It has long been politically incorrect for Cowboys to fight Indians. It has also become cliché to see a bad person as completely bad. In both of these and many other distinctions, we have come to understand that human beings of whatever race or morality are far more alike than different, and far more complex than any single label would describe. But that doesn't change our desire for a good western with bad guys and good guys fighting it out, and it doesn't mean that we can't create creatures that are thoroughly bad and deserve to be destroyed. They just can't be human. That solution is the genius behind Jon Favreau's film "Cowboys and Aliens".
As an actor, writer and director, Favreau obviously loves the art of filmmaking. This is seen in his attention to detail and his appreciation for the symbols of previous films. From the creatures that have the demonic appearance seen in the "Alien" films to the church steeple seen over the shoulder of a cowboy being told that his deceased woman is in a "better place," the western melodramatic style is even seen in the two leading men. A lone gunslinger is appropriately named Jake Lonergan (Daniel Craig), and the wealthy cattleman who uses his dollars to dominate the town is named Woodrow Dolarhyde (Harrison Ford).
Roberto Orci and Alex Kurtzman, who have teamed to write the script for such films as The Legend of Zorro, Transformers, and Star Trek, have created a moving story that mixes romance with action and identifiable characters with unidentifiable creatures.
The premise of the story is predictable: Aliens from outer space have sent a scouting group to both extract our gold and discover our vulnerability. If they are not stopped, it will be the end of humanity when the aliens return with their forces after scouting out our mineral-rich planet and easily defeated inhabitants. If we are to survive, we must pull together as human beings. Cowboys and Indians, rich and poor, bandits and sheriffs, all have to rise above their human conflicts and face this alien threat together.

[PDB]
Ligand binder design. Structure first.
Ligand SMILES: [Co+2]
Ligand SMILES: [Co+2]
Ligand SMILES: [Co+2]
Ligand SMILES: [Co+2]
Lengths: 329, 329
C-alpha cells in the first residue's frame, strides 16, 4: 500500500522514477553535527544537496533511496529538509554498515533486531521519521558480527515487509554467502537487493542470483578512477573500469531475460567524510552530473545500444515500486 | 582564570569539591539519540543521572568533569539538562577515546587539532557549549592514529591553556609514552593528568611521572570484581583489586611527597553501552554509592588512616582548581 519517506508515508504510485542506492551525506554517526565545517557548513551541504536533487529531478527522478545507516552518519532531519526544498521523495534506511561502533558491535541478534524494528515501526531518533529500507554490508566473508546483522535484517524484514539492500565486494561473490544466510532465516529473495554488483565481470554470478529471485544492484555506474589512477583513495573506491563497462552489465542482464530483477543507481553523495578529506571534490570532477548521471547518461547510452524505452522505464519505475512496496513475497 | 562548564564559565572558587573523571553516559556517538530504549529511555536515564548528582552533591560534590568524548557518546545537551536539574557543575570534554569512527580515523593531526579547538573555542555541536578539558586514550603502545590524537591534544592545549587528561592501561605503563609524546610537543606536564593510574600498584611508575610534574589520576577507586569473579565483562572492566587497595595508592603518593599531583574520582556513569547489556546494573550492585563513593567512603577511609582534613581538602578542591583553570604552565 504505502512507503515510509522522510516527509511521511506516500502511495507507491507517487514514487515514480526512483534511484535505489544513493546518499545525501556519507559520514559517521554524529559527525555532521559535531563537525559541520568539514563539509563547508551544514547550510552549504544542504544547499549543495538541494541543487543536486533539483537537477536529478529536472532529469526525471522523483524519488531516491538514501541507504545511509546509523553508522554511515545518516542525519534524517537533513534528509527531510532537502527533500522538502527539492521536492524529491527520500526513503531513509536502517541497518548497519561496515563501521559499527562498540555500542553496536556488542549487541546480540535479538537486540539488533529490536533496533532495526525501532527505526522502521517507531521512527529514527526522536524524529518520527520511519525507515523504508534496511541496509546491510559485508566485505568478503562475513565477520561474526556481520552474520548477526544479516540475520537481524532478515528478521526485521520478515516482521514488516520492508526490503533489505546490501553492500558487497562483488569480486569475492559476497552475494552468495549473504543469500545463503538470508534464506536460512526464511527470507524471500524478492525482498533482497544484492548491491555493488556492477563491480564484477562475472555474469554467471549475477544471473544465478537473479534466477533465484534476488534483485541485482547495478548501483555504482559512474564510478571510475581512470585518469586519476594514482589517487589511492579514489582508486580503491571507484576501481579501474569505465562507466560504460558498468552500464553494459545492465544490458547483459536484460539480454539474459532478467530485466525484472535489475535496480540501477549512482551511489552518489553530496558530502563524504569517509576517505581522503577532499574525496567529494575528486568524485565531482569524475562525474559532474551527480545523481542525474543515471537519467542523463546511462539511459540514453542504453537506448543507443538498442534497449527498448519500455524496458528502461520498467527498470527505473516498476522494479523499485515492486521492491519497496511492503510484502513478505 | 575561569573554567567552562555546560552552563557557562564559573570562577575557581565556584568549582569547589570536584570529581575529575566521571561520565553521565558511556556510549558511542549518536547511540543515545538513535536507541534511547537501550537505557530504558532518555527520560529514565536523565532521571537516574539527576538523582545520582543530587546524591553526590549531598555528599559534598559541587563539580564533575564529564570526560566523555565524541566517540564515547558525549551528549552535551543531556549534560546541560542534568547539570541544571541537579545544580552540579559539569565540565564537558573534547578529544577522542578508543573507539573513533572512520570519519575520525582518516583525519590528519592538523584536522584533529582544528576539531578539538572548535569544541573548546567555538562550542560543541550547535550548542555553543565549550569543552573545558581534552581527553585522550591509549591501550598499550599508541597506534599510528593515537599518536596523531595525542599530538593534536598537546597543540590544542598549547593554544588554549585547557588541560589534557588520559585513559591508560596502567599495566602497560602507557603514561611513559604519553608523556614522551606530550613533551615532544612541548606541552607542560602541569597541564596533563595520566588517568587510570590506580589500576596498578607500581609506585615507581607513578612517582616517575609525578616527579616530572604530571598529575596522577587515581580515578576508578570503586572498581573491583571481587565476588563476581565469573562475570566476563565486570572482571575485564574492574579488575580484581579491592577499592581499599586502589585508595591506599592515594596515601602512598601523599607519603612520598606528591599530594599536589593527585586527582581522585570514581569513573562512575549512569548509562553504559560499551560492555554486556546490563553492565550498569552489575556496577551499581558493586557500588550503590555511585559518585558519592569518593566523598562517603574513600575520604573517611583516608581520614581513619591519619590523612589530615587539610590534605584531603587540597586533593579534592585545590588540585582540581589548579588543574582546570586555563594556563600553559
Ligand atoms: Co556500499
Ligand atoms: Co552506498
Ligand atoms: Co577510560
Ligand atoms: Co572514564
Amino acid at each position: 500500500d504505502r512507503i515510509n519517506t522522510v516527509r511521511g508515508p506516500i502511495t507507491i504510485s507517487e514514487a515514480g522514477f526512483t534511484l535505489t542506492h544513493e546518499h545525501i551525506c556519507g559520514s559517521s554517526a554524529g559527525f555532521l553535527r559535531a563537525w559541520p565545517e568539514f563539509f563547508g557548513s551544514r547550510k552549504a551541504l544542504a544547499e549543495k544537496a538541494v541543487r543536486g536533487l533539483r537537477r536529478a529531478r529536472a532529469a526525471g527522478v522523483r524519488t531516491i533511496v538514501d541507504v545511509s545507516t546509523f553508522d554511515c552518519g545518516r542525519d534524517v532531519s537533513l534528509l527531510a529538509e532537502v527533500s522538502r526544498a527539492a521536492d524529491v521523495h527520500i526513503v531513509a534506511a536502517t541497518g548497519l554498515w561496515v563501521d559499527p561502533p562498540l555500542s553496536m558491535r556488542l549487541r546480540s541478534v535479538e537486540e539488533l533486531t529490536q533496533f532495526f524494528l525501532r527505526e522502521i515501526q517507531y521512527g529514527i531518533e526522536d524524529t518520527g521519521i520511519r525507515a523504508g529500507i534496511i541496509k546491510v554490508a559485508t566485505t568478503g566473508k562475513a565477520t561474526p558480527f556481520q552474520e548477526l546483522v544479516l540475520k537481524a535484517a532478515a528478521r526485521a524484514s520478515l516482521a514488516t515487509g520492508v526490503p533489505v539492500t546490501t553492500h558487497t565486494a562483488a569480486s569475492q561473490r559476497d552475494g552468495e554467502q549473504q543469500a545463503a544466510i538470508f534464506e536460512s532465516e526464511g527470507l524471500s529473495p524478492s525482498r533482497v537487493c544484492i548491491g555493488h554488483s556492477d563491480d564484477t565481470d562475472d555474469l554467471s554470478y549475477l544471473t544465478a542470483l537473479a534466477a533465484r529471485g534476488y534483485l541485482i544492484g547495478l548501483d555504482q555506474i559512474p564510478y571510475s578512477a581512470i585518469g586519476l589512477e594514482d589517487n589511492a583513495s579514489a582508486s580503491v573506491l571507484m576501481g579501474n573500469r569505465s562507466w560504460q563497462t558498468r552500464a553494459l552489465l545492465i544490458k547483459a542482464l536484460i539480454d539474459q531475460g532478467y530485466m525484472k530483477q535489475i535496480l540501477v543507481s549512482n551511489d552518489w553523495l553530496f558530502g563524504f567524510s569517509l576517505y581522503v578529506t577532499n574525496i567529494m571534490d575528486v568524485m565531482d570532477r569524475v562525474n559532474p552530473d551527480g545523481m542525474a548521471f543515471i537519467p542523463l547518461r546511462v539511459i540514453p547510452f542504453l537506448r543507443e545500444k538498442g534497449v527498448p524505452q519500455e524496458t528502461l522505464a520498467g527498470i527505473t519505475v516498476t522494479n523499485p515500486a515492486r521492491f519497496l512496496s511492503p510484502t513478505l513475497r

However, into this mix comes another creature from beyond the stars, but this one is a defender of humanity. Taking on human form, Alice (Abigail Spencer) is also aptly named as she nobly leads Lonergan and Dolarhyde to face themselves, each other and the aliens.
We won't spoil the suspense by telling how this story ends except to note that the willingness to sacrifice one's life to save others is central to the tale. Such sacrifice is not uncommon in our understanding of how evil is defeated, and our artists remind us of its necessity once again in a new and creative way.
Discussion for those who have seen this film:
1. Do you think that if there is other life in the universe that it would have the bug-like form of these aliens? Do you think they would actually come in search of gold, or is this a commentary on the insect-like spiritual lives of those who give their lives in pursuit of gold?
2. Pastor Meacham (Clancy Brown) explains that God expects us to do what we can to stop evil. He applies this both individually and corporately as we individually confess our sins and find forgiveness, and corporately as we stand up to those who would destroy us all. Do you believe that God gives us the solution to evil? If not, what do you think will change us for the good individually and corporately?
3. Do you believe that Alice was a "Christ-figure" since she came from above, was incarnate in human form, and sacrificed her life to save humanity? Why do you answer as you do?
4. In the end, as Jake Lonergan rides off into the sunset alone, we recognize that, like James Bond, he lost both of his women. Why do you think artists often make the heroes of their tales loners?
Cinema In Focus is a social and spiritual movie commentary. Hal Conklin is former mayor of Santa Barbara and Denny Wayman is pastor of the Free Methodist Church of Santa Barbara. For more reviews: www.cinemainfocus.com.